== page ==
The USOC saw in the sledding events a unique opportunity to boost the American medal count. In January 1999,10 months before skeleton and women’s bobsled were admitted to the Games, the committee gambled that those would be included at Salt Lake City and poured more than $250,000 of support into them. “That one year made the difference,” says Warner, a member of the Athletes’ Advisory Council. “The Germans [a traditional power in sledding events] were caught off-guard. Their federation didn’t fund their women’s bobsled program until 2001, and it was the same for skeleton. We got a huge jump.” Meanwhile, thanks to sponsor money and funds put out by NASCAR driver Geoff Bodine, the U.S. men’s bobsledders took to the track in their fastest sleds ever, designed by Chassis Dynamics in collaboration with Bodine. Perhaps equally important, the U.S. sledding base of operations was shifted from Lake Placid, N.Y., to the new run in Park City. Training was geared not to the European schedule of competition, but to only this run, these 17 days.

Click here to read the entire article.

Remaining aura of the 2002 Olympics

The following is an excerpt from an article posted at DeseretNews.com:

Events unfolding in Vancouver are not so much different from those that took place eight years ago in Salt Lake City … huge crowds, loud cheers, bells ringing, people waiting, street venders hawking their wares and an intense competitive atmosphere. And, even though eight years have passed, the Olympic aura remains here in Utah. Olympic venues are open, training continues for both current and future Olympians, world-class events are continually being held and spectators are welcome.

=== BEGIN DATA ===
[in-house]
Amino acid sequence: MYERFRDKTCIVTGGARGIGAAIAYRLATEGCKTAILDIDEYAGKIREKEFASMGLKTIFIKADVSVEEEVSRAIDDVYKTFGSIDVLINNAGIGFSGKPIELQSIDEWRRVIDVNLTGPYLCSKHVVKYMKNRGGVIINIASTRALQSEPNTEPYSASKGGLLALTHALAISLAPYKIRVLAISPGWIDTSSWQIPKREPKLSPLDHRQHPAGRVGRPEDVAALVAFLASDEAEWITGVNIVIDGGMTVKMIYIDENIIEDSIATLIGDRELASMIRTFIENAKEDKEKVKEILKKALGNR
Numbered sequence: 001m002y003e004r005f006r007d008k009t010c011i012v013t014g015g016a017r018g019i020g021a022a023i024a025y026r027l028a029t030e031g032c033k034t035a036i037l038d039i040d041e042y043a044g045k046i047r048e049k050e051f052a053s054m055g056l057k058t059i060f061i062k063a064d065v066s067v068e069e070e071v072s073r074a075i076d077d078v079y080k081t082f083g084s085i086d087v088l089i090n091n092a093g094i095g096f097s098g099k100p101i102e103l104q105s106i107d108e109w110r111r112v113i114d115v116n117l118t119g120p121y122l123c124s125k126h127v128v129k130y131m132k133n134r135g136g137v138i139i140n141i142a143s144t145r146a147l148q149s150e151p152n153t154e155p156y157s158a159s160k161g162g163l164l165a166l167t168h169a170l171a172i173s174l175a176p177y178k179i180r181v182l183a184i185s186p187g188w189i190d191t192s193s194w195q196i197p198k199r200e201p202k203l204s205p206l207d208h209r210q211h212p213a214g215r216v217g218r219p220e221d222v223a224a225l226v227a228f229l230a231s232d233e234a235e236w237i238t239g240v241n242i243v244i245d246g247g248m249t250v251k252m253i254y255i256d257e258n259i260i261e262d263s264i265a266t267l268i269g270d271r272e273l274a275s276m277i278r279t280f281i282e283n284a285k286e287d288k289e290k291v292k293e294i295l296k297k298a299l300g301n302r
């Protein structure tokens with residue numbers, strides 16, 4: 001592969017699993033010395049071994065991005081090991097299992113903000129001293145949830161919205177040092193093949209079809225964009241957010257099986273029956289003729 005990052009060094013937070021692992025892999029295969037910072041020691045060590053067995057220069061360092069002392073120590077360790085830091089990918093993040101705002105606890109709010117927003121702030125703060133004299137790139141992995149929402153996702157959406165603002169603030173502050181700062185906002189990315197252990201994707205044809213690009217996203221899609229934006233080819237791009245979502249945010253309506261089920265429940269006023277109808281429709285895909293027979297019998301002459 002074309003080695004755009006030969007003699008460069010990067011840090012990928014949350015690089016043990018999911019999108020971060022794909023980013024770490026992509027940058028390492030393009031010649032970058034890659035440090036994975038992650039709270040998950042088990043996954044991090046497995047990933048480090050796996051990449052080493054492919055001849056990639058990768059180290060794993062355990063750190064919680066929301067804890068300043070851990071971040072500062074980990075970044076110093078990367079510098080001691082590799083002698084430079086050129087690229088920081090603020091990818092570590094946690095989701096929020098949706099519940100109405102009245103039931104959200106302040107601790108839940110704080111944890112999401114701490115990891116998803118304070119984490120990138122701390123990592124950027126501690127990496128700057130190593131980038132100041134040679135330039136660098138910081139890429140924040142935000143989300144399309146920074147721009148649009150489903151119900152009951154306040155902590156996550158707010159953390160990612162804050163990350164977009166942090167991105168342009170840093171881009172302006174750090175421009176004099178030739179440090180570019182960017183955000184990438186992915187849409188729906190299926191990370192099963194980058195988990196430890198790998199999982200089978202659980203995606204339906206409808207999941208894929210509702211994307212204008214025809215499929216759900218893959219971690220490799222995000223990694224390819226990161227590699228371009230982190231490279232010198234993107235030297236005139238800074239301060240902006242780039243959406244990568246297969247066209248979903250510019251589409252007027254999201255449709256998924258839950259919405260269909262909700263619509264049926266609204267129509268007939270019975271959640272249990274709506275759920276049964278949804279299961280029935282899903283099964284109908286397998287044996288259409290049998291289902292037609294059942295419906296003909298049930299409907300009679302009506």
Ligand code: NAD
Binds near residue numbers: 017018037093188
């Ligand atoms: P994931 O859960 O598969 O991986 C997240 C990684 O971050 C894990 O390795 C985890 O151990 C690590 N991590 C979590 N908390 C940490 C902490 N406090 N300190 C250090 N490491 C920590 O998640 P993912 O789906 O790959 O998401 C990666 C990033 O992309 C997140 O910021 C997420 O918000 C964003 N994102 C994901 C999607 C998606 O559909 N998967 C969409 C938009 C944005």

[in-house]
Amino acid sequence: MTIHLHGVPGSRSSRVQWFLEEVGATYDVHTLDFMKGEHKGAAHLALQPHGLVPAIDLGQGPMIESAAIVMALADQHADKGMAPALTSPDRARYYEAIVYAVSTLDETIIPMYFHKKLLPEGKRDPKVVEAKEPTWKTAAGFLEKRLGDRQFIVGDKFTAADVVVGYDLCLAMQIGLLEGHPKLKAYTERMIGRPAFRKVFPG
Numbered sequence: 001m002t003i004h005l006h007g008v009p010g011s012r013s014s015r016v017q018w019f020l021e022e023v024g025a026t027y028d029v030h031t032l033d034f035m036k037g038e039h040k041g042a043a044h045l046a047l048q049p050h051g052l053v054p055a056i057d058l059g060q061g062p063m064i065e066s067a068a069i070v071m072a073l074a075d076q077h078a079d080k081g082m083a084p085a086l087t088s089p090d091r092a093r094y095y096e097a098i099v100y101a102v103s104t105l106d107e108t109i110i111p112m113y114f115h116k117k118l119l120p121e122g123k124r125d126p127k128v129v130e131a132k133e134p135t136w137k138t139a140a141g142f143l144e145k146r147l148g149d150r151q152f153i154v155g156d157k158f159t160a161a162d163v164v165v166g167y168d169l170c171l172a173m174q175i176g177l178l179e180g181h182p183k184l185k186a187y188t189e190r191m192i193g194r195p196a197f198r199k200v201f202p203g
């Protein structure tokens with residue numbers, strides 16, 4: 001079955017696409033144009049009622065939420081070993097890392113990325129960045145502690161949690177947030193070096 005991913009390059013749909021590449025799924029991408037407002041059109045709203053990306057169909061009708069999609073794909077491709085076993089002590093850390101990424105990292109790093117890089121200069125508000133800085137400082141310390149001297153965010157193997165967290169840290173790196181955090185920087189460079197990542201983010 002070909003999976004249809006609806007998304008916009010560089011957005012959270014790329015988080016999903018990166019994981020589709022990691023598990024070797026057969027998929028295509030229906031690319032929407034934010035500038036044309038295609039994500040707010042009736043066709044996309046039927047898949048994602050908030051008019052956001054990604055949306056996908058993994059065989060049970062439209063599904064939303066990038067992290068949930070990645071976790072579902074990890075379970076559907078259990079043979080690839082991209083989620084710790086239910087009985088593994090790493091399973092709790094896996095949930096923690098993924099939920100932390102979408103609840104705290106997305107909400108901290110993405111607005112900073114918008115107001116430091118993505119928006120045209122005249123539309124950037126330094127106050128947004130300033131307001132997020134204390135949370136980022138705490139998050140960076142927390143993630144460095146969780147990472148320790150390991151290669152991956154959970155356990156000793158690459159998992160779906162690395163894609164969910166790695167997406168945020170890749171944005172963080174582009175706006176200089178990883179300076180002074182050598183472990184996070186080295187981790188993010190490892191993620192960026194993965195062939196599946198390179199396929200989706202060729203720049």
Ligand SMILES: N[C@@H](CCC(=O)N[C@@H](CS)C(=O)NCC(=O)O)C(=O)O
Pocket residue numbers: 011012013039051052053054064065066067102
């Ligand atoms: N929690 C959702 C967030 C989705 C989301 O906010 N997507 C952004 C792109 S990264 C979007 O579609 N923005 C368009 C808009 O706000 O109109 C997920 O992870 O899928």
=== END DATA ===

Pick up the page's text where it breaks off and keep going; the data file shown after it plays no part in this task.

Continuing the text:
The Salt Lake Games are also presenting themselves well in Canada.

The jumping hills at the Utah Olympic Park in Park City have become a popular spectator site in winter and summer. Jumpers from all over the world visit the center.

On Tuesday in Canada, the U.S. team broke into the Nordic combined (ski jumping/cross-country) team event for the first time ever in winning a silver. The four U.S. team members — Johnny Spillane, Todd Lodwick, Bill Demong and Brett Camerota — all train at the Park City venue. Camerota, is fact, is one of nine among the 19 on the U.S. roster listing Park City as a hometown.

There are only two sliding tracks in the U.S. — Lake Placid, N.Y., and the Utah Olympic Park in Park City. So, naturally, it has become a magnet to world-class competitors in bobsled, luge and skeleton.

In 2002, Americans did well on the track. In one of the more emotional wins, Jim Shea Jr. won the gold in the men’s singles skeleton. Two American women won gold and silver in the women’s event.